Nathaniel Philbrick,
In the Heart of the Sea:
The Tragedy of the Whaleship Essex

(Viking, 2000)

Nathaniel Philbrick carefully reconstructs the voyage and sinking of the whaleship Essex and the struggle of the crew to survive in open whaleboats in their attempt to reach South America and safety.

In August 1819, the Essex left the harbor of Nantucket, bound for the Pacific whaling grounds. None of the 21 crew members guessed it would be the ship's final voyage. Indeed, the Essex was plagued with ill luck from the start, enduring a "knockdown" from a storm three days out of port. A crew member defected in South America, leaving them short-handed. The whales mostly eluded them, and it soon became clear that their voyage would take longer than they hoped.

Then, on November 20, 1820, a bull sperm whale perhaps 85 feet in length attacked the ship, ramming it and sinking it, stranding the crew in three whaleboats. They managed to salvage some provisions and water, and the quick-thinking steward saved some navigational tools, but as they were to learn, it wasn't enough. In the days and weeks to come, they would know dehydration, starvation and even cannibalism.

Philbrick weaves a social history of Nantucket around and through his account of the tragedy. The history adds dimension and depth to the narrative. The reader has a clearer understanding of the actions and reactions of the crew. Without sensationalizing the events, Philbrick paints a clear and vivid portrait of the crew and its travails. The book reads like a gripping, enthralling novel, but it is all the more horrifying because it really happened -- indeed, the story inspired part of Herman Melville's novel Moby Dick. Thorough end notes and a bibliography extend the text and point the reader to further resources.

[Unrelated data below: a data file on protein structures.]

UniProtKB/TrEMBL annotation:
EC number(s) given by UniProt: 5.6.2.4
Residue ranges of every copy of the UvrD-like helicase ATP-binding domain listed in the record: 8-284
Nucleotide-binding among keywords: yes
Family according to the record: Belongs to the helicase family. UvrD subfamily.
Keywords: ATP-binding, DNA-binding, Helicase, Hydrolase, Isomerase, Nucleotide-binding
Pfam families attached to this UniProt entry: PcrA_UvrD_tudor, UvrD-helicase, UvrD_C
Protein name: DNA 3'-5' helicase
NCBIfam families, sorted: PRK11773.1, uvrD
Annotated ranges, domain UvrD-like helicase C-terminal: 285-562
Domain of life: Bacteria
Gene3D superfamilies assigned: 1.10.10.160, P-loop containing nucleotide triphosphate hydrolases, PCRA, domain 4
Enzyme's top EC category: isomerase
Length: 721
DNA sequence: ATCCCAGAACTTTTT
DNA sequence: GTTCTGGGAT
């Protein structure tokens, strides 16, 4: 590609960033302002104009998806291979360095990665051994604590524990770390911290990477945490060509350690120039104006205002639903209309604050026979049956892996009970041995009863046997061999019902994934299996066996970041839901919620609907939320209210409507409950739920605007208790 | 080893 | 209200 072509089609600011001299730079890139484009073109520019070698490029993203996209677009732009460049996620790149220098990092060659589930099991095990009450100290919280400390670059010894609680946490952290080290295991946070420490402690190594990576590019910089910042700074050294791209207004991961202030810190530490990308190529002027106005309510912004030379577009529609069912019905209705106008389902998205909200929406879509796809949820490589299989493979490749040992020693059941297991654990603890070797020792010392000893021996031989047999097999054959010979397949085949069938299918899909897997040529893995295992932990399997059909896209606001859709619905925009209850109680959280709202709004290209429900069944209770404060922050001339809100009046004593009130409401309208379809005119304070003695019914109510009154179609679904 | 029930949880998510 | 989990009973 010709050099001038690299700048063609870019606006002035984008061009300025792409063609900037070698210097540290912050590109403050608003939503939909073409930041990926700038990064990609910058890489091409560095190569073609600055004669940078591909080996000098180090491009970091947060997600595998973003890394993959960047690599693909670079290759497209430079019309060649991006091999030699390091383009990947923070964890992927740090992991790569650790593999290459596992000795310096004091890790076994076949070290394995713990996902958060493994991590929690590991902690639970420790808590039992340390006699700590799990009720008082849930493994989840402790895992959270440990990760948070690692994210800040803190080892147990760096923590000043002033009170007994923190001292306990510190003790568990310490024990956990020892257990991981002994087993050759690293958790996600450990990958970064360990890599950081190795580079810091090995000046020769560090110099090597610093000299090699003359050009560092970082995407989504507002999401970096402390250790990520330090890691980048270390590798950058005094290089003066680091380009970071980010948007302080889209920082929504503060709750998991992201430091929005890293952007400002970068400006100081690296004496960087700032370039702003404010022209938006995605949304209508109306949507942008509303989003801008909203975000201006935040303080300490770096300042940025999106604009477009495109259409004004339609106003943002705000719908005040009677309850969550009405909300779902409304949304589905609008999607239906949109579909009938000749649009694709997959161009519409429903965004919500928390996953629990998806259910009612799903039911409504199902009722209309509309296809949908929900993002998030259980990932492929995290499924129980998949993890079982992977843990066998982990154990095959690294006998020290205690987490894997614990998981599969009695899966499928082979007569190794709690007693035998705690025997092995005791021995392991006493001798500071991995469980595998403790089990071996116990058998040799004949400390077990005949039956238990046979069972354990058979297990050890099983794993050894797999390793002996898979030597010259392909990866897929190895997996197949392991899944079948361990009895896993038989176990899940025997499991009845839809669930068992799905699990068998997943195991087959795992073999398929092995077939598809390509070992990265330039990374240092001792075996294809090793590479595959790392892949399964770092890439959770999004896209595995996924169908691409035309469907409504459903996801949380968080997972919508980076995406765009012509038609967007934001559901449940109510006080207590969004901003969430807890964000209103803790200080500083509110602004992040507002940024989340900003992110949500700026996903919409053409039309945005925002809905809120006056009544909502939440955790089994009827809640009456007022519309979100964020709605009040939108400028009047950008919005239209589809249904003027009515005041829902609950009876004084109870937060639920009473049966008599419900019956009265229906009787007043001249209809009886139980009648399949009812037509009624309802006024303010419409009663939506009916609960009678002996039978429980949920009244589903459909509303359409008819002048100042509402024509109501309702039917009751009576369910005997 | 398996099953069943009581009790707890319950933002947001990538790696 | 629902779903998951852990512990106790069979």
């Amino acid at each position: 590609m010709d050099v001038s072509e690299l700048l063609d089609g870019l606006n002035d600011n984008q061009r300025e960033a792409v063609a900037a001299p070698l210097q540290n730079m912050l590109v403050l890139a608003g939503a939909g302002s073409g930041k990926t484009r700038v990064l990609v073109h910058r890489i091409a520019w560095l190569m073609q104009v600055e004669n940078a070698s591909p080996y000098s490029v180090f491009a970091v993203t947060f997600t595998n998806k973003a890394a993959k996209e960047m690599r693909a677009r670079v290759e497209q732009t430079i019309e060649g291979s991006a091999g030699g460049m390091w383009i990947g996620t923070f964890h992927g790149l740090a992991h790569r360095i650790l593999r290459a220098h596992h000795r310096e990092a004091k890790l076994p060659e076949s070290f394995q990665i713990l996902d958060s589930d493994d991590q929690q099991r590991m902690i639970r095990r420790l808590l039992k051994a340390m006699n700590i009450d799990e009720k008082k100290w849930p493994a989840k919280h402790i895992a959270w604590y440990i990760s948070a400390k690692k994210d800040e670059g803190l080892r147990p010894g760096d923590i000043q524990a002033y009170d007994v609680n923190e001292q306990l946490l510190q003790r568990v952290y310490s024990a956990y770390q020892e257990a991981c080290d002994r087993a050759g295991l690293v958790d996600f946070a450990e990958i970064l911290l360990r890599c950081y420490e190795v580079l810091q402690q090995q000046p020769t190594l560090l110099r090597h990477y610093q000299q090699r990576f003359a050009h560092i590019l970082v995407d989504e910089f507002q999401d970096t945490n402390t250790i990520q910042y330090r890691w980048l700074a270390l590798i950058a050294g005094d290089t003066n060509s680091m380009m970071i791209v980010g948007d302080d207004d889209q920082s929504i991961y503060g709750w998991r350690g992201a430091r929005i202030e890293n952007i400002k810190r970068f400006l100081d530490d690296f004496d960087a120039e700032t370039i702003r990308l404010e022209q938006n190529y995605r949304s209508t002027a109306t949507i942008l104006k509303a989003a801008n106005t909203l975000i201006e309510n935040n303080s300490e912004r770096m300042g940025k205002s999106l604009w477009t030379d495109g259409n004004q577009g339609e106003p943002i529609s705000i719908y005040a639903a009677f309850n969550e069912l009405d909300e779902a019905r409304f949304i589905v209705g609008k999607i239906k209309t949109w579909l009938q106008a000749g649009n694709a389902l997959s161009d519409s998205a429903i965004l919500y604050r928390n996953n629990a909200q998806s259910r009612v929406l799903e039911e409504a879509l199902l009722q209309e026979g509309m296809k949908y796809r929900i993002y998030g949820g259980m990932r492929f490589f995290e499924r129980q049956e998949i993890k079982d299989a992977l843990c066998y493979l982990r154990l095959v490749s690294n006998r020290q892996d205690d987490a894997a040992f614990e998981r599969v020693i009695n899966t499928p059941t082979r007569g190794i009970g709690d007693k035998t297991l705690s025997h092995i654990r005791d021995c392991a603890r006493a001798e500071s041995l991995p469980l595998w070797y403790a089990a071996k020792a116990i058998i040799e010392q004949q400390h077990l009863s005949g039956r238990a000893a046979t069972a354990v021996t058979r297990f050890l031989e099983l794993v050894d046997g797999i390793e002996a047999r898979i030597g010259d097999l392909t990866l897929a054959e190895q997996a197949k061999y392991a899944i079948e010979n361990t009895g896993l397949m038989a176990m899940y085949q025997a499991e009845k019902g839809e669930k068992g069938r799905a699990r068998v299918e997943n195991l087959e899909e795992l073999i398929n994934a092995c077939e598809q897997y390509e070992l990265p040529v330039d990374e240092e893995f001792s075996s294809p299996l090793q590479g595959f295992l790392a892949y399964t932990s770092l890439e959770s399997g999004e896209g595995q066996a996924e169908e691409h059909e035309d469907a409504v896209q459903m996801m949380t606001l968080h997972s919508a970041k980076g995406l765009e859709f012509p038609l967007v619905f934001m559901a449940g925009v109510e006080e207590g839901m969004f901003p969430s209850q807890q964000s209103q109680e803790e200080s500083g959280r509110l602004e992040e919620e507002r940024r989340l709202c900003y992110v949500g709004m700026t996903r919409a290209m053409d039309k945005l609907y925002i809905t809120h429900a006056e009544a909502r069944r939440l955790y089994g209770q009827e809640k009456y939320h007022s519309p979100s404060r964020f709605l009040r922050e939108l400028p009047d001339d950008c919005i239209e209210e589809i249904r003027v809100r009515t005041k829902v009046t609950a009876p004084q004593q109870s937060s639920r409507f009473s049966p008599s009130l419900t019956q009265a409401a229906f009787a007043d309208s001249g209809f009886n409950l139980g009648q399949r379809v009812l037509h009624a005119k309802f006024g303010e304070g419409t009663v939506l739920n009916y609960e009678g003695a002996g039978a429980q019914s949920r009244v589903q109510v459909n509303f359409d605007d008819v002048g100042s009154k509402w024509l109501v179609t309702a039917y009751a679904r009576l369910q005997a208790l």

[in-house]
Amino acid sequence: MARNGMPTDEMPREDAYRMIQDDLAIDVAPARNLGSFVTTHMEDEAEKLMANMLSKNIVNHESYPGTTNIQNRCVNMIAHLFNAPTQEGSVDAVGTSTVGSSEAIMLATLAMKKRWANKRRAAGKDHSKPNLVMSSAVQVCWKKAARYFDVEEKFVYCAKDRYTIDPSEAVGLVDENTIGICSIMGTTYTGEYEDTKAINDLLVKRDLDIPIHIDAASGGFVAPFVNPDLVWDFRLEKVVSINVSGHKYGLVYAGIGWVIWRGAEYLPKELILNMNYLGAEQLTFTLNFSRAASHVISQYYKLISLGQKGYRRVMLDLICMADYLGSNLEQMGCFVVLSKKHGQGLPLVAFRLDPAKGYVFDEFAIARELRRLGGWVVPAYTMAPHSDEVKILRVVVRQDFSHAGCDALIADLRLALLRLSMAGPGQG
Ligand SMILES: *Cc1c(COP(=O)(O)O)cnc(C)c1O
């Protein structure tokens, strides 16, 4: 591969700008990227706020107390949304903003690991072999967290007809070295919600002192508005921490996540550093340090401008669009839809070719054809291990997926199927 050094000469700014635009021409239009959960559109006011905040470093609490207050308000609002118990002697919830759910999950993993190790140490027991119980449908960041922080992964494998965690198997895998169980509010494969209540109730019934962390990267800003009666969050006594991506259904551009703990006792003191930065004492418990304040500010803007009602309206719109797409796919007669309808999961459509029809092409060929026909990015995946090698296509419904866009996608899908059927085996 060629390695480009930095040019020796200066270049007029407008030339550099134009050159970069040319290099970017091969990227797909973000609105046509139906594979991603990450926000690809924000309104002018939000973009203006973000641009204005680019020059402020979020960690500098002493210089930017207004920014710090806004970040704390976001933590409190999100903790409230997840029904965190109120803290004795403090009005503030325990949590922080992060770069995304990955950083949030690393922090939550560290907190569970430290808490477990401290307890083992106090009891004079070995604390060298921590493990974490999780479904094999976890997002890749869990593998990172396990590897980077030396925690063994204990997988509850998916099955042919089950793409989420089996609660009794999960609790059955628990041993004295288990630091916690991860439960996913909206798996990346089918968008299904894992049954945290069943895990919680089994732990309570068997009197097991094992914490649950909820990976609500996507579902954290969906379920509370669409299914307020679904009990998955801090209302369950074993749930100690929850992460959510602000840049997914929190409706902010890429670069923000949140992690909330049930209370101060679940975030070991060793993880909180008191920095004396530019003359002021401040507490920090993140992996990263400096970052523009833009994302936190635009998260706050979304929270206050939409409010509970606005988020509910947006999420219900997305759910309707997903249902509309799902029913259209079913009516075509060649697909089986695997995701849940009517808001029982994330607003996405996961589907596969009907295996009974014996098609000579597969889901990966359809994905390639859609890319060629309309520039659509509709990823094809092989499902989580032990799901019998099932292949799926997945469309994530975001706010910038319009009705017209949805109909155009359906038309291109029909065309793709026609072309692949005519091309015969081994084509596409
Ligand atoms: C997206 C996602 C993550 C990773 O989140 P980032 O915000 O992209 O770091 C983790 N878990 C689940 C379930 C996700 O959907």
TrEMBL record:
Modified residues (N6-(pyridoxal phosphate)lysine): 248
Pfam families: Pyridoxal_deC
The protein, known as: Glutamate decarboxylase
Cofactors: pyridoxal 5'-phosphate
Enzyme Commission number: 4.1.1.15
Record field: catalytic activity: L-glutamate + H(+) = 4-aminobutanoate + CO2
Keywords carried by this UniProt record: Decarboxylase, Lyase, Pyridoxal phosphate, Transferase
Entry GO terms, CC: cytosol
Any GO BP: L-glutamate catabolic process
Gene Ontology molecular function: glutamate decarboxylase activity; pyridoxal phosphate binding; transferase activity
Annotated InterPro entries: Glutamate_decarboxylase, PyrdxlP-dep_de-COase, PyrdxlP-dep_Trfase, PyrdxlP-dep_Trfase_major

This book doesn't just take you to the heart of the sea; it explores the depths of the human heart and soul. It's a sea story you'll never forget.

[ by Donna Scanlon ]
Rambles: 30 June 2001

Buy it from